It's possible that alcohol-detection technology that could eventually become standard equipment in all new motor vehicles. Yet, scientists based in Switzerland are working on the development of technology that could gauge the emotional state of mind of an individual before they take the wheel.
This technology has the ability read facial expressions and determine which of the seven universal emotions a person is demonstrating. Those emotions include: fear, anger, joy, sadness, disgust, surprise, or suspicion. Currently, this technology is being used for the development of video games, medicine, marketing and driver safety.
Emotional, distracted and fatigued driving can have similar results to driving under the influence (DUI). In Tempe, Phoenix or other communities in Maricopa County, it is important that you consult Arizona lawyers experienced in DUI and related offenses like those associated with the Law Offices of Craig W. Penrod, P.C.
Swiss researchers are aware that in addition to fatigue, the emotional state of a driver can be a risk factor in safe driving scenarios. Research has shown that irritation may make drivers may lead to aggressive and less attentive driving practices.
Swiss researchers from Ecole polytechnique fédérale de Lausanne (EPFL) University in collaboration with PSA Peugeot Citroën, reported the development of an on-board emotion detector that analyzes the facial expressions exhibited by the person behind the wheel. Tests carried out using a prototype of the detector have shown that it could have promising applications involving driving safety.
According to recent reports, researchers have adapted a facial detection device that uses an infrared camera located behind the steering wheel. Keeping in mind that everyone expresses themselves in somewhat different manners the team that spearheaded the research decided to track only the expressions of anger and disgust.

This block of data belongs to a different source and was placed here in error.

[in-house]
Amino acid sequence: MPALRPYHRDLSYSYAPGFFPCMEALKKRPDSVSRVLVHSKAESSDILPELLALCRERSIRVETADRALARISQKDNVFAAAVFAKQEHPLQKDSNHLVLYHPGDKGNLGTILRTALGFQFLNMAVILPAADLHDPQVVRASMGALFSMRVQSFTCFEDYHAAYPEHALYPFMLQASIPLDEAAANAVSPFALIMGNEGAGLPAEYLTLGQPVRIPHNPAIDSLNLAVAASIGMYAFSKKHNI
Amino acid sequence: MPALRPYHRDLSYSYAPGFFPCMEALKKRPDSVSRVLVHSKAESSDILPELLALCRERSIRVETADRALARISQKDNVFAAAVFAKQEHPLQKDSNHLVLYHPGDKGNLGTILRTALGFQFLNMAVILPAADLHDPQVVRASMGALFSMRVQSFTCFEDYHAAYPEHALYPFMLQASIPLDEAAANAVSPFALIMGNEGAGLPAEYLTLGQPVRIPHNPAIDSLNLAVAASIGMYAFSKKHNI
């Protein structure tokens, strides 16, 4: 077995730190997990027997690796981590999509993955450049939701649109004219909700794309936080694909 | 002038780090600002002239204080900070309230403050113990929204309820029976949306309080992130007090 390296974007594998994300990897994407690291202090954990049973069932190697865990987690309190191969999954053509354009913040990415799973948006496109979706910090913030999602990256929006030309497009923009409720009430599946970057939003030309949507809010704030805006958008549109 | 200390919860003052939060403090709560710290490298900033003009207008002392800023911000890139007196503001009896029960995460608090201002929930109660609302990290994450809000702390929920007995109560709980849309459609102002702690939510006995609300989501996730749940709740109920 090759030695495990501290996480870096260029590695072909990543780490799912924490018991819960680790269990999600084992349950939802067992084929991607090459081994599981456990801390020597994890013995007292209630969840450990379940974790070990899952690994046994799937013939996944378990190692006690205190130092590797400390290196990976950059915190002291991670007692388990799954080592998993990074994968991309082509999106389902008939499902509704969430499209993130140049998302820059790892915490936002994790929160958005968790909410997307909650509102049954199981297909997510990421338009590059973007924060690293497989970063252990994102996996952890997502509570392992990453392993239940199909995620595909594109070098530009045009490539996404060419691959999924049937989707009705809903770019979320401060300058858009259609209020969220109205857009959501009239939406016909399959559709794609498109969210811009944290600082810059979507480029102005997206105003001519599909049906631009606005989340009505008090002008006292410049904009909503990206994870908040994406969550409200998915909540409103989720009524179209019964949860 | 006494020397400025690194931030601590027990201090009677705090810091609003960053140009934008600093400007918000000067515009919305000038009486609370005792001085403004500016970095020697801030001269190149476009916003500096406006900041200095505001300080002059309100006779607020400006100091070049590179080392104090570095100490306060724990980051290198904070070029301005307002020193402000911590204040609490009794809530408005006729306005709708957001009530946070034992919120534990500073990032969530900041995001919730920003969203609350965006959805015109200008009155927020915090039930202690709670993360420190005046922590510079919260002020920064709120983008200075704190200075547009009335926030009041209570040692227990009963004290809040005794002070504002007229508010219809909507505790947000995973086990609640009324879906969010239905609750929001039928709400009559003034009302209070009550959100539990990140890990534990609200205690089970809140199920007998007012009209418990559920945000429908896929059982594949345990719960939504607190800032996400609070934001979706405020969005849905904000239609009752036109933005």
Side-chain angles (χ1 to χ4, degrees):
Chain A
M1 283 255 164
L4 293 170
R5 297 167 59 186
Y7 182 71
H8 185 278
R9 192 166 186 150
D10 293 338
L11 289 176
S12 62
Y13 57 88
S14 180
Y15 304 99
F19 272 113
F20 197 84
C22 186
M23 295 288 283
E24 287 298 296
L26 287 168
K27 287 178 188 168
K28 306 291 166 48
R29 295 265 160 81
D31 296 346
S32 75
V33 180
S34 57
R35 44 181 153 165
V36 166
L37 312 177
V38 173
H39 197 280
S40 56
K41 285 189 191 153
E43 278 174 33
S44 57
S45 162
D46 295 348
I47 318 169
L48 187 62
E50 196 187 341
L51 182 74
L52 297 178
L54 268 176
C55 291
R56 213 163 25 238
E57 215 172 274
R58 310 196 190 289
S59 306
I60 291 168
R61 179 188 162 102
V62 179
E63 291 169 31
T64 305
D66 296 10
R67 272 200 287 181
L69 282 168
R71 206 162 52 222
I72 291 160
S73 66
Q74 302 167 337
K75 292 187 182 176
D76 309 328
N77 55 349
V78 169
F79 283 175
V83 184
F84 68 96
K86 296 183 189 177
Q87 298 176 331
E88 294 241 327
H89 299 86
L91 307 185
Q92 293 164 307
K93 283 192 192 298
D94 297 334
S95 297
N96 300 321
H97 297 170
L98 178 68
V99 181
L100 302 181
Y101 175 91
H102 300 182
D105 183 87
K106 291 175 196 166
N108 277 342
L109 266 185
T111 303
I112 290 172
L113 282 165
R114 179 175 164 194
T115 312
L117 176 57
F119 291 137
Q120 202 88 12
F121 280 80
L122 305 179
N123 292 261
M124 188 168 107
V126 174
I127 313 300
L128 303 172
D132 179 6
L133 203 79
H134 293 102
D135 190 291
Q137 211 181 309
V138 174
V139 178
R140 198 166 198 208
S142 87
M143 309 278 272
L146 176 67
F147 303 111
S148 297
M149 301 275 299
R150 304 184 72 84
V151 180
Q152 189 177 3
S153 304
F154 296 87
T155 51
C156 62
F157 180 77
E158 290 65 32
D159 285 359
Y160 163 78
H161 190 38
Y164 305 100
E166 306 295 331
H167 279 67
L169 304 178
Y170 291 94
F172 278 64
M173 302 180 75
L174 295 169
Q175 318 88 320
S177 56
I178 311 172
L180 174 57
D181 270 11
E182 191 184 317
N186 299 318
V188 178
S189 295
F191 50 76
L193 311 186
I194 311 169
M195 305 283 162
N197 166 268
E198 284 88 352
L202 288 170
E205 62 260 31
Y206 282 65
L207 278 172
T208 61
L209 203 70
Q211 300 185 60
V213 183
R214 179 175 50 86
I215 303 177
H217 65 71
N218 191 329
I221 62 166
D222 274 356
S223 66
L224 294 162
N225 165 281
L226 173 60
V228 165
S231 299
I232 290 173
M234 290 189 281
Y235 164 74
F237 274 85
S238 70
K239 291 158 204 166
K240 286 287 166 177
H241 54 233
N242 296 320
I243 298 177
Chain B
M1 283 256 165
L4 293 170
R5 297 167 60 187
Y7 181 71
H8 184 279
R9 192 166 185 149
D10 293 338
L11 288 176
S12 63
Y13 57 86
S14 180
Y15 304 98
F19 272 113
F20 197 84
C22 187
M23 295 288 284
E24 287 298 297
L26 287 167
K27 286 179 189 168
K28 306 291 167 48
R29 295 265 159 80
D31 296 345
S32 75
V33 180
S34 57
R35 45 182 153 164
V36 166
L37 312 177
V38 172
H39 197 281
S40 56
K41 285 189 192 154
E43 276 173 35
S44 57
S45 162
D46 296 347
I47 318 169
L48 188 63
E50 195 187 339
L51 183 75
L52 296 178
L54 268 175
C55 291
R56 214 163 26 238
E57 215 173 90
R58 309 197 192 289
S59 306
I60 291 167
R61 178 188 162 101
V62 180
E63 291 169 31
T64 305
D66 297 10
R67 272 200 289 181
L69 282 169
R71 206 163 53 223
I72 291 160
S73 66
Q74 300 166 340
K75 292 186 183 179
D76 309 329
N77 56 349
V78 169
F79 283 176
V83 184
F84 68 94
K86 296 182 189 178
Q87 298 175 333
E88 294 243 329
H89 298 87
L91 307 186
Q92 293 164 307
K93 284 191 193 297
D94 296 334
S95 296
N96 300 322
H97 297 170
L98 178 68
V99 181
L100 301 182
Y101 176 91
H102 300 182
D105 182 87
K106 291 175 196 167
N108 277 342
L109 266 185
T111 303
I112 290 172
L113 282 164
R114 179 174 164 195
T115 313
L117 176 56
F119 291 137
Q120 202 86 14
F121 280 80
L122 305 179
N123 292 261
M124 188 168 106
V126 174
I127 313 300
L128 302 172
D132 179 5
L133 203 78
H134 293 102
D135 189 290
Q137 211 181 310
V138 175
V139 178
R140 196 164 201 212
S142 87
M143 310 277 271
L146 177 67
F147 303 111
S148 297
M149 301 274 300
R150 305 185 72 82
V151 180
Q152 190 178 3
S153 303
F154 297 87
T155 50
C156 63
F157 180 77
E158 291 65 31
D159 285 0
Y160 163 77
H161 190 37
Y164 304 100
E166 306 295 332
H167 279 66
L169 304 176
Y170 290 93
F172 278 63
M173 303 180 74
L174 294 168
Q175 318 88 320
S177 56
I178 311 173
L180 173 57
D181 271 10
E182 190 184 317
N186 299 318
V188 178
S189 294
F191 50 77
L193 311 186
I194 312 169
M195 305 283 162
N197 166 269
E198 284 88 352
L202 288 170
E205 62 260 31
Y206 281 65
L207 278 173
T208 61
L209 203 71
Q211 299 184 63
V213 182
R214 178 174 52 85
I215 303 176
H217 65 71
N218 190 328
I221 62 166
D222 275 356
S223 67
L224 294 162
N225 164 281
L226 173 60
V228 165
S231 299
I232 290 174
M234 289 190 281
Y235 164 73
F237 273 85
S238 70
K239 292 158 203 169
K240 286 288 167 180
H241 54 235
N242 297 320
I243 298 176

Initially, the system was able to learn how to identify those emotions through the use of a series of pictures of subjects expressing those emotions. The next step was to use videos portraying those emotions. The images that were used were taken both in an office setting, as well as in real life situations, in a vehicle. Although still a prototype, the system accurately detected irritation in the majority of situations. Test fail were the result of irritation being variable from one individual to another individual.
“This is where the difficulty will always lie, given the diversity of how we express anger. Additional research aims to explore updating the system in real-time, to complement the static database, a self-taught human-machine interface, or a more advanced facial monitoring algorithm,” a researcher explained.
The detection of emotions is only one indicator for the improvement of driver safety and comfort. The other indicator is a fatigue detector that measures the percentage of eyelid closure.
Researchers are also working on detecting other states on the faces of drivers such as distraction and on lip reading for use in vocal recognition. These projects are coordinated by EPFL's Transportation Center and carried out in collaboration with PSA Peugeot Citroën.
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